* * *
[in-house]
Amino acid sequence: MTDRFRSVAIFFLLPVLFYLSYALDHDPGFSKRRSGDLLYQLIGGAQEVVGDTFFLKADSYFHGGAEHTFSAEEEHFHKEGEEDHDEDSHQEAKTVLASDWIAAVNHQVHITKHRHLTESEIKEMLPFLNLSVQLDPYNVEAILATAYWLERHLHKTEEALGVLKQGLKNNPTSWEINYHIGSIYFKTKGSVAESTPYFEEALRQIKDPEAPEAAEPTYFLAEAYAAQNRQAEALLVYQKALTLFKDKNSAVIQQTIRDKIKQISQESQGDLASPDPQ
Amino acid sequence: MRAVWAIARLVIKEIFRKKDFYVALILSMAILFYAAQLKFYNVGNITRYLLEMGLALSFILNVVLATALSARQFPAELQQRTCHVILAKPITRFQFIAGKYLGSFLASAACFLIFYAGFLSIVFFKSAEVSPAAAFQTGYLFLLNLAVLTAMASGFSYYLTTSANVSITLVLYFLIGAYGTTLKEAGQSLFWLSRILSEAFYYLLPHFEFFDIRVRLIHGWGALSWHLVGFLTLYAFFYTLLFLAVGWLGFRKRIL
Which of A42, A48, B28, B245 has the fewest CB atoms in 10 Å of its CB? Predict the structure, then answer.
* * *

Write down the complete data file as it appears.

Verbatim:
[in-house]
Amino acid sequence: MTDRFRSVAIFFLLPVLFYLSYALDHDPGFSKRRSGDLLYQLIGGAQEVVGDTFFLKADSYFHGGAEHTFSAEEEHFHKEGEEDHDEDSHQEAKTVLASDWIAAVNHQVHITKHRHLTESEIKEMLPFLNLSVQLDPYNVEAILATAYWLERHLHKTEEALGVLKQGLKNNPTSWEINYHIGSIYFKTKGSVAESTPYFEEALRQIKDPEAPEAAEPTYFLAEAYAAQNRQAEALLVYQKALTLFKDKNSAVIQQTIRDKIKQISQESQGDLASPDPQ
Amino acid sequence: MRAVWAIARLVIKEIFRKKDFYVALILSMAILFYAAQLKFYNVGNITRYLLEMGLALSFILNVVLATALSARQFPAELQQRTCHVILAKPITRFQFIAGKYLGSFLASAACFLIFYAGFLSIVFFKSAEVSPAAAFQTGYLFLLNLAVLTAMASGFSYYLTTSANVSITLVLYFLIGAYGTTLKEAGQSLFWLSRILSEAFYYLLPHFEFFDIRVRLIHGWGALSWHLVGFLTLYAFFYTLLFLAVGWLGFRKRIL
Which of A42, A48, B28, B245 has the fewest CB atoms in 10 Å of its CB? Predict the structure, then answer.